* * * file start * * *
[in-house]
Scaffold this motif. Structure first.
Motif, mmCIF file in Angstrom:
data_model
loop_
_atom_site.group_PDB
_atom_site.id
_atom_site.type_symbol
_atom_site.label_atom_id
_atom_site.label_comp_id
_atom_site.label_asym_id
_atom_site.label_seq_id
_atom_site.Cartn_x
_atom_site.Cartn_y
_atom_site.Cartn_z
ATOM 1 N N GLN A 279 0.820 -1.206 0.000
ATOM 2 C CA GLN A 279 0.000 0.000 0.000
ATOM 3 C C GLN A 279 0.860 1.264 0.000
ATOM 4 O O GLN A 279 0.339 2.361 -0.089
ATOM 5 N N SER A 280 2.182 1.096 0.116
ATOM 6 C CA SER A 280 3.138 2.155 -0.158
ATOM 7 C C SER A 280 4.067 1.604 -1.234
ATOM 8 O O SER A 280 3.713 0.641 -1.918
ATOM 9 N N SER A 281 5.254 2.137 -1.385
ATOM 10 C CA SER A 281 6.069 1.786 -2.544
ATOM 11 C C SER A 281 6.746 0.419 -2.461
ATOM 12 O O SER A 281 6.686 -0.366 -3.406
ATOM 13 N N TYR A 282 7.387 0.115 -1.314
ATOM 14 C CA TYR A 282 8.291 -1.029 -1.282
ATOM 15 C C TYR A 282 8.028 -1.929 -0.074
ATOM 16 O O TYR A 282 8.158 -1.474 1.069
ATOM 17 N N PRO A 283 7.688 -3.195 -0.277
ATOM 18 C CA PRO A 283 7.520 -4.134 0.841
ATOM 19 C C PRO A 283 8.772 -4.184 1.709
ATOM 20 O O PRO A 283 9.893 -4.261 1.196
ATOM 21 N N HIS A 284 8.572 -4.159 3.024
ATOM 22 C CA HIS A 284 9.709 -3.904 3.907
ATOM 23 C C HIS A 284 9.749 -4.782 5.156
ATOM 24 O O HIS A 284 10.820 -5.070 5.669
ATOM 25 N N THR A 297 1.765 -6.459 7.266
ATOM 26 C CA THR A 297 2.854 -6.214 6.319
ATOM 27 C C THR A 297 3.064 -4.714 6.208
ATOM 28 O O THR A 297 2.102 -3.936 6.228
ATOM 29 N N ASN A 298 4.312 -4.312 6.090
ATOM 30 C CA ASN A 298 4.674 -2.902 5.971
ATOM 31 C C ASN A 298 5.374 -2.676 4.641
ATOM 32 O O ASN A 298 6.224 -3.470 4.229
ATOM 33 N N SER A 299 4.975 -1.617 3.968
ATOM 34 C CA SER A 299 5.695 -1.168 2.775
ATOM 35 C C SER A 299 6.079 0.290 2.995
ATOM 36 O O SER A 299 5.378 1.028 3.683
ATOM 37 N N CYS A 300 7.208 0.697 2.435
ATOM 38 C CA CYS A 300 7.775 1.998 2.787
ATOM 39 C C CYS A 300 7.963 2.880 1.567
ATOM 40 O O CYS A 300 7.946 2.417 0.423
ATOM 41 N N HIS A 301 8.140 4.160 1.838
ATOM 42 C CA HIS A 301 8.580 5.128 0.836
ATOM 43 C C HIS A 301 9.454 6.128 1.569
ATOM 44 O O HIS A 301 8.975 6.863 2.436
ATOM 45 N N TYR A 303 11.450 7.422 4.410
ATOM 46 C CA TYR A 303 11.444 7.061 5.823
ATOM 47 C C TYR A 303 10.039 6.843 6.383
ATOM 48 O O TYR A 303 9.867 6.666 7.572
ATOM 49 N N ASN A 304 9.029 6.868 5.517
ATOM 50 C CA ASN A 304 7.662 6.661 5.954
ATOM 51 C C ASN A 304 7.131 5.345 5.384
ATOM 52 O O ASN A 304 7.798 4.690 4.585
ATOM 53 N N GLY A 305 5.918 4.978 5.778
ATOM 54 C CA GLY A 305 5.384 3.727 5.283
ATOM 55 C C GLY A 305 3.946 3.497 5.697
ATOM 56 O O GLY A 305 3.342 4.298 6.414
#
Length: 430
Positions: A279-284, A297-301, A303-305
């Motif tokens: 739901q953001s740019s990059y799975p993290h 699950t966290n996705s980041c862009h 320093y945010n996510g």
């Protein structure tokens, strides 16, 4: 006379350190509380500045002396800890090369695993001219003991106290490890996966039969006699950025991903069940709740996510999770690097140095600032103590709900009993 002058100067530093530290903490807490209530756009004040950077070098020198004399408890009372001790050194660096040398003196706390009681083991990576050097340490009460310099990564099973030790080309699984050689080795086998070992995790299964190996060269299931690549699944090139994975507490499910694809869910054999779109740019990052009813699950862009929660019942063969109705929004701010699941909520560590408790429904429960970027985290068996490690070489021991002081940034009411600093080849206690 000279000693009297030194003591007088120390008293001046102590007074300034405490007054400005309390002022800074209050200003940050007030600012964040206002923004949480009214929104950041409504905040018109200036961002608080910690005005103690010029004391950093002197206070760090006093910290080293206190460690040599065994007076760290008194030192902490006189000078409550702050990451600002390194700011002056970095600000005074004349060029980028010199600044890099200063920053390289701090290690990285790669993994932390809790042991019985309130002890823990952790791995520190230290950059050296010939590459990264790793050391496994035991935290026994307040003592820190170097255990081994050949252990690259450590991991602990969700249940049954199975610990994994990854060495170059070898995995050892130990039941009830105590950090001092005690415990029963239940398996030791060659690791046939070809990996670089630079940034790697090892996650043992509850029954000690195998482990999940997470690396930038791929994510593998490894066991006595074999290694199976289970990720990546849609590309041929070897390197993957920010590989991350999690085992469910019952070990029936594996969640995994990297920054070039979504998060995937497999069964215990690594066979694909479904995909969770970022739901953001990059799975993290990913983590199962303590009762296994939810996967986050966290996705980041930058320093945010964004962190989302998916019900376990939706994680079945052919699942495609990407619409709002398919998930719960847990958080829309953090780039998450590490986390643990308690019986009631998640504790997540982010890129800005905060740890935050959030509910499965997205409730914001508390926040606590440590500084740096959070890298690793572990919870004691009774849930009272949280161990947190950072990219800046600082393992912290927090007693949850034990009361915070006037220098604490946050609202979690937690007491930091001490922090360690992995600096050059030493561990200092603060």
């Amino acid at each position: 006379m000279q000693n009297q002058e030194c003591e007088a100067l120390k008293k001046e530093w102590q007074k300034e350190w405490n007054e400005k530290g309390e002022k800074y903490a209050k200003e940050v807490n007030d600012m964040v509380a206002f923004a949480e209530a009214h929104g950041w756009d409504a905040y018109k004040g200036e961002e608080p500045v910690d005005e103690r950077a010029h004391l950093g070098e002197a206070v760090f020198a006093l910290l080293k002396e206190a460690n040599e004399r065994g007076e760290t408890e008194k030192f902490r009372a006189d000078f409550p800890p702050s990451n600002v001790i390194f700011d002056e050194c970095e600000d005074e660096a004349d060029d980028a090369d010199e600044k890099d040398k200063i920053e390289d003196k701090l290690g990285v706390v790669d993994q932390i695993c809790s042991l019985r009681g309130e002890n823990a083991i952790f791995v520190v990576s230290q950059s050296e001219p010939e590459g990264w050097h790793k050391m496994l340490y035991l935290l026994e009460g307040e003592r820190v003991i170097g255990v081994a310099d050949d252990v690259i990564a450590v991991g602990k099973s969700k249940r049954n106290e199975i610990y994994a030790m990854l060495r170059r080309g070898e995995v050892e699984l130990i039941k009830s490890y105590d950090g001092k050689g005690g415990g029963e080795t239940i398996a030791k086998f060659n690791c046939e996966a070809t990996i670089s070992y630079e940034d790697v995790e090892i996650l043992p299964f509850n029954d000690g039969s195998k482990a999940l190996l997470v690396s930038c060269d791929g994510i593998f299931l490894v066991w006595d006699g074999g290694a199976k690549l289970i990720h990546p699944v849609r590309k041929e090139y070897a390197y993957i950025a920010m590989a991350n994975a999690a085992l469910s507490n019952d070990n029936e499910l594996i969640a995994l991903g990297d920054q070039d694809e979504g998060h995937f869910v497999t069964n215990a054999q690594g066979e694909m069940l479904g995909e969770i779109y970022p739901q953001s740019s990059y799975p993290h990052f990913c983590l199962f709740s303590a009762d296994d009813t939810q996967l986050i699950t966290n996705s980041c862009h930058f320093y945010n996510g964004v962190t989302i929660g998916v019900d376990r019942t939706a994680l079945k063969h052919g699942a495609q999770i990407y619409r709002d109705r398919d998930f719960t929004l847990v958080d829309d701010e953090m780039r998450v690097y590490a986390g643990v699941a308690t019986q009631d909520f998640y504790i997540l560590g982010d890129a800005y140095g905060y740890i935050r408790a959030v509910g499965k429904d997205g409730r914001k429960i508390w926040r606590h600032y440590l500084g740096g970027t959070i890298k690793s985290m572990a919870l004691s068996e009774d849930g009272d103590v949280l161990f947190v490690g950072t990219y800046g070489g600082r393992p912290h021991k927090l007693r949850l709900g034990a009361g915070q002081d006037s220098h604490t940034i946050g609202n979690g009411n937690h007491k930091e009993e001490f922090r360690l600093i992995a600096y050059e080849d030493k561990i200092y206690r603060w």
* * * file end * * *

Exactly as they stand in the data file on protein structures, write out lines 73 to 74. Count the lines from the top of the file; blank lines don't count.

Length: 430
Positions: A279-284, A297-301, A303-305